His girlfriend at the time hardly recognized him. “It seems that a drunk came down from the col and not the same man who left four days ago,” Nena Holguin wrote in her diary. “He looks at me with tears in his eyes. His face is yellow, his lips are chapped and frayed.” Reinhold Messner was all run down, physically and mentally too. This alpinistic stroke of genius had demanded everything from him.
Again he had pushed a limit, made possible what others had thought impossible. In the middle of the monsoon, the South Tyrolean had scaled Mount Everest via the Tibetan north side: climbing solo, without bottled oxygen, on a partially new route: Messner crossed the north flank below the Northeast Ridge, then ascended through the Norton Couloir and finally reached the highest point at 8,850 meters in the afternoon of 20 August 1980, the third day of his ascent.
For a long time, the first man to climb all 14 eight-thousanders described the Everest solo as the “icing on the cake” of his mountaineering career. Now, four decades later, Reinhold Messner classifies his pioneering achievement differently. I spoke with the 75-year-old.
Reinhold Messner, do you still sometimes think of that 20 August 1980, when you reached the summit of Mount Everest after you had solo-climbed it?
One of the best-known famous Nepalese climbers, Chhiji Nurbu Sherpa, is no longer with us. “We are extremely saddened to express the demise of our managing director”, the company “Highlight Expeditions” announced yesterday on Facebook: “He was one of the top climbers accomplishing 13 out of the 14 x 8000m summits.” The expedition operator did not mention the cause of death. Chhiji Nurbu turned 40 years old. He leaves behind a wife, a son and a daughter.
The international mountaineering scene is shocked. Doug Scott, the living legend of climbing in the Himalayas and the Karakoram, is terminally ill with brain cancer. The 79-year-old Englishman has an inoperable cerebral lymphoma, the “Sunday Times” reported this weekend, referring to Scott’s wife Patricia. Doug received the diagnosis on the first day of the corona lockdown in Great Britain in mid-March, according to the Times. Since then, he has been staying on the ground floor of his house in the Lake District of Cumbria County.
When they reached Everest Base Camp, Julie and Chris Smith had a sip of Scotch whisky. Apart from the couple from Scotland, their two children – the nine-year-old daughter Erihn and the four-year-old son Jacob – and their Nepalese companions Kevin Sherpa and Dhanku Rai, nobody else was then at this point at almost 5,400 meters, the destination of one of the most popular trekking routes in the world.
The corona pandemic had made the hike of the Scottish Smith family an exclusive adventure. Julie, Chris and their children had been stuck in Lukla for three months before the lockdown in Nepal was eased a bit and Kevin Sherpa could organize the necessary papers for the family to continue their trek.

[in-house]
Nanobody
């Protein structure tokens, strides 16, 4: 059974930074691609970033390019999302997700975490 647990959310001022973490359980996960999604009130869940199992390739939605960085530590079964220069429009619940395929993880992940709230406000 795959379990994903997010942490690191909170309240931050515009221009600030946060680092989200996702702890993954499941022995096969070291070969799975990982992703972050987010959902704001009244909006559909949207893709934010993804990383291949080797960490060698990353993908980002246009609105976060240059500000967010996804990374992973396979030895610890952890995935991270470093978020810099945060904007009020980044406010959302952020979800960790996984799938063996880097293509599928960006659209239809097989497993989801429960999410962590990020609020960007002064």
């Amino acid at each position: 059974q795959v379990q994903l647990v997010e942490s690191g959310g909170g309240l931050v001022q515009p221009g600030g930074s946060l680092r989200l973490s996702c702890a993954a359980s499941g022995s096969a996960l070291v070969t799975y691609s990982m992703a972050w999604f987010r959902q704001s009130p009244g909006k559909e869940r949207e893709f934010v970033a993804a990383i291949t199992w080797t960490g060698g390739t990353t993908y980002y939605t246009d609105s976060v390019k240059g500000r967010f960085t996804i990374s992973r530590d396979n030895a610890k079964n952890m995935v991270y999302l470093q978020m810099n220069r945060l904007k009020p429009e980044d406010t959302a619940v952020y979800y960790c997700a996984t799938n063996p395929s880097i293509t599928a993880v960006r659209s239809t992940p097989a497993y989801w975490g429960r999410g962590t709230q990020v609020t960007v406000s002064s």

Everest trek after three months in lockdown
When they had just started their trekking tour to Everest Base Camp in the village of Salleri in the Solukhumbu mid-March, the pandemic reached the Himalayan state: The government of Nepal imposed a lockdown. The Smiths hiked on to Lukla, which was their final destination until the end of June. Then they were allowed to continue their trip
About one year ago, at the end of July 2019, the family from Aberdeen had set off for their lifetime trip which had finally taken them to Nepal via Eastern and South-Eastern Europe, the Middle East and India. In their Facebook blog “Clan Wander” the Smiths have been reporting about their adventures.
Meanwhile, 46-year-old Julie, her 41-year-old husband Chris and the two children are on their way back from Everest Base Camp through the Khumbu region. They also made a side trip to the Gokyo valley. I have reached the couple from Scotland by email.
She almost forgot the summit picture. When Sophia Danenberg reached the summit of Mount Everest together with the brothers Panuru and Mingma Chhiring Sherpa at 7 a.m. on 19 May 2006, they were alone on the top at 8,850 meters. It was windy, all the surrounding mountains were peeking up from the clouds, Sophia recently recalled in an interview with the US technology portal “GeekWire“: “It’s odd to really be above everything. However, I was mostly focused on getting down. I probably would have forgotten to take a picture if it hadn’t been for Panuru.” The Afro-American was the first black female mountaineer on the highest mountain on earth – which she only learned about on Everest. She climbed the mountain from the Nepalese south side and used bottled oxygen for her ascent.
Danenberg grew up in Chicago. She graduated from the renowned Harvard University in environmental sciences and public policy with honors (Magna Cum Lauda). During her studies, her passion for climbing arose. In November 2005, half a year before she scaled Everest, she reached the summit of the nearby Ama Dablam (6,814 m). In addition to Everest, Sophia summited three more of the Seven Summits, the highest mountains in all continents: Aconcagua (6,962 m, South America), Denali (6,194 m, North America) and Kilimanjaro (5,895 m, Africa).
Today the 48-year-old mountaineer lives in Seattle. She works for the US aviation company Boeing analyzing international environmental policy and maintaining contact with international companies and organizations. I sent Sophia some questions as part of my reports on the “Black Lives Matter” movement in the USA.
Sophia, you summited Mount Everest in 2006. What made you go there that time?
The “sprinter”, as he was once called, will return to Mount Everest. In spring 2022 Marc Batard wants to climb the highest mountain on earth without bottled oxygen – at the age of 70. If he succeeds, Marc would then most likely be by far the oldest climber on the roof of the world without using a breathing mask. So far, this Everest record is held by the Italian Abele Blanc, who reached the highest point on earth in 2010 at the age of 55 years and 264 days. For years, Batard had completely retired from high altitude climbing and devoted himself to painting.